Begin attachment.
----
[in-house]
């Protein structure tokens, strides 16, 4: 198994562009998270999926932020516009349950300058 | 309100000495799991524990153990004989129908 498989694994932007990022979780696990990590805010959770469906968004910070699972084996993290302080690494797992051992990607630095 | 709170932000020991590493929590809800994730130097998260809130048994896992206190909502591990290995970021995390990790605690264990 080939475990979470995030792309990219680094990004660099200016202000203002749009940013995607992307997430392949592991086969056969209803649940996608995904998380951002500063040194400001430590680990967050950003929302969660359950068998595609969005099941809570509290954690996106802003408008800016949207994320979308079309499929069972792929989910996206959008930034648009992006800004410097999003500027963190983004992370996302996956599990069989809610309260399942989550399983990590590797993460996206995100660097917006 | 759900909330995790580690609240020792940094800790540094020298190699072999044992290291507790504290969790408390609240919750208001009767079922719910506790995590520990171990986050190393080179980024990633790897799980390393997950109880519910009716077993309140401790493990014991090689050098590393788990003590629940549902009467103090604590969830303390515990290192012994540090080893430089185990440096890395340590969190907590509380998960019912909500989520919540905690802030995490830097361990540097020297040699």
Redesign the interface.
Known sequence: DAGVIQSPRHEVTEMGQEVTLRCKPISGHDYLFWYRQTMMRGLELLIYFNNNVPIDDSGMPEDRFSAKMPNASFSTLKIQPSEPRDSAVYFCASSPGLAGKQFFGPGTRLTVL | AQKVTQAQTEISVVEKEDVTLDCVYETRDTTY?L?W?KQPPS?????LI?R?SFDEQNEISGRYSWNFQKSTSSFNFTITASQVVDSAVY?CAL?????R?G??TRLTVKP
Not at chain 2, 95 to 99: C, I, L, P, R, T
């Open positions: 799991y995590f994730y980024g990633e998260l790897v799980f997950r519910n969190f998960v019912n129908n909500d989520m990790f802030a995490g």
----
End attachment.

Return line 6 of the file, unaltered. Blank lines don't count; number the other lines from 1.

């Open positions: 799991y995590f994730y980024g990633e998260l790897v799980f997950r519910n969190f998960v019912n129908n909500d989520m990790f802030a995490g």